Mitigation Program which is addressing the impact assessment of

accidental releases of hyrdogen fluoride.

On behalf of the participants

(Amoco, Exxon, Marathon and Allied Signal, Inc.), Mobil is planning to

conduct, during calendar year 1988, a series of releases which will test

the effect of major variables on the mitigation efficiency of

water-spray systems.

Also being negotiated for the 1988 test season are efforts to be

sponsored by National Foam System, Inc., which will evaluate the

efficacy of various foams in suppressing vapor releases from a variety

of hazardous materials.

These tests involving materials such as sulfur

dioxide, bromine, phosgene and chlorine will be conducted in cooperation

with their respective manufacturers.

During 1987 in response to the requirements of Section 118(n) of the

Superfund Amendments and Reauthorization Act of 1986 and the legislative

guidance contained in House Report 99-670, accompanying the Continuing

Appropriations, Fiscal Year 1987, the Department entered into a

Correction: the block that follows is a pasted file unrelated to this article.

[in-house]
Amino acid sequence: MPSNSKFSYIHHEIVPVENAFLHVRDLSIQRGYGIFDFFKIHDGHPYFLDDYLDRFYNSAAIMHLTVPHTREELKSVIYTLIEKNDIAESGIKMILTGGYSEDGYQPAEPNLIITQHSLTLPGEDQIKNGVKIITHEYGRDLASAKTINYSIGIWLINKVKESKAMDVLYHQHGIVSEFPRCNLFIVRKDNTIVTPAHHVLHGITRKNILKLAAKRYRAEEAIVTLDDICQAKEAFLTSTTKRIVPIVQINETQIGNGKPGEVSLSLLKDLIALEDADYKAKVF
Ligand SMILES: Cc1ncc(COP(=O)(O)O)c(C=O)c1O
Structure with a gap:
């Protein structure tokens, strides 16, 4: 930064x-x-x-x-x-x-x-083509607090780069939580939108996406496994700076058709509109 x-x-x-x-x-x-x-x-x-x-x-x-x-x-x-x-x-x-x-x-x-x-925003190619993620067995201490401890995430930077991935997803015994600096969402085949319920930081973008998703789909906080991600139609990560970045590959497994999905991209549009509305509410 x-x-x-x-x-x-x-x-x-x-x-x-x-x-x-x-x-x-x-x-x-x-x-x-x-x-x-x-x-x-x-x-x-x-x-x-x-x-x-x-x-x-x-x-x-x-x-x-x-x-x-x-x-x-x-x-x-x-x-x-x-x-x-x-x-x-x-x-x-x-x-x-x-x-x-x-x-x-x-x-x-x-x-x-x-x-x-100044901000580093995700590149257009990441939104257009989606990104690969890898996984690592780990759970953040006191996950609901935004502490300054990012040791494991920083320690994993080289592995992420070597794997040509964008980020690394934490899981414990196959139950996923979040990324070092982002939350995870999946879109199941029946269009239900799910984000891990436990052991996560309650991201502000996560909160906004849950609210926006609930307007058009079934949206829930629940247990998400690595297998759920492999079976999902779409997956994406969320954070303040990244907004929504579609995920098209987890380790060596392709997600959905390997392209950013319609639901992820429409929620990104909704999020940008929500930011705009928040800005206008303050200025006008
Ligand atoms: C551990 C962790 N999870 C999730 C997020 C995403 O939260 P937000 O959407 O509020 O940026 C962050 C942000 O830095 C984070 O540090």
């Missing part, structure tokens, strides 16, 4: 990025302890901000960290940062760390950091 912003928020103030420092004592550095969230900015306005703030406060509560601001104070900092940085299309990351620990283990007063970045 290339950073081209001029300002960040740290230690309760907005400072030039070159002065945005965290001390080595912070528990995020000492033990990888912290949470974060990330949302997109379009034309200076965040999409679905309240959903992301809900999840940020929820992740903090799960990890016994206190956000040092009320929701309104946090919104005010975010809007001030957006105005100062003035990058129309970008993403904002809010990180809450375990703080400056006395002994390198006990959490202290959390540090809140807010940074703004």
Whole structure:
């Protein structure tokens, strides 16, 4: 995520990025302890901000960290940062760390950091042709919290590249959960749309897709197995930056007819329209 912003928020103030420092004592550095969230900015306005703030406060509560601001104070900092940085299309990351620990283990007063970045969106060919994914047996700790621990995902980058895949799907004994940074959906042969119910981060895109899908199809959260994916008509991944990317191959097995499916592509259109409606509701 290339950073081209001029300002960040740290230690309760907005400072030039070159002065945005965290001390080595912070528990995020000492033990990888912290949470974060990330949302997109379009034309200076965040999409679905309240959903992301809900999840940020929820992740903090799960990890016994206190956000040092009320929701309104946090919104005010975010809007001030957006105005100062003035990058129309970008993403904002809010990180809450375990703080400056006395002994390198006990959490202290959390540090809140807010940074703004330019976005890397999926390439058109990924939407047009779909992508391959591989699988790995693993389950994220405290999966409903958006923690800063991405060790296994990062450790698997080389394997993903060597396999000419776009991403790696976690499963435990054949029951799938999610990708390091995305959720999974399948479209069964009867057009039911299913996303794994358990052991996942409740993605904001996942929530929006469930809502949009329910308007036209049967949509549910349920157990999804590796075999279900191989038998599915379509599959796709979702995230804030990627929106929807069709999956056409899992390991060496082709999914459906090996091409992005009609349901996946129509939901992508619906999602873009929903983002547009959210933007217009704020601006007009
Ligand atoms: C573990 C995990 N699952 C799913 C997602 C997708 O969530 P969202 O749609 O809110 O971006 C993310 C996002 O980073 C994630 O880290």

Memorandum of Understanding with the Environmental Protection Agency and

the Department of Transportation in support of a collaborative research

and development program involving

hazardous substance spills to be conducted at the Spill Test Facility.

The agreement allows the agencies, in collaboration with the private

sector and other government organizations, to develop, structure and

prioritize the establishment of a generic national research and

development program germane to heavier-than-air gas dispersion,

hazardous substance releases and related mitigating technologies.


action plan is in its final stages of formulation and is planned for

implementation during calendar year 1988.

As the program unfolds, it is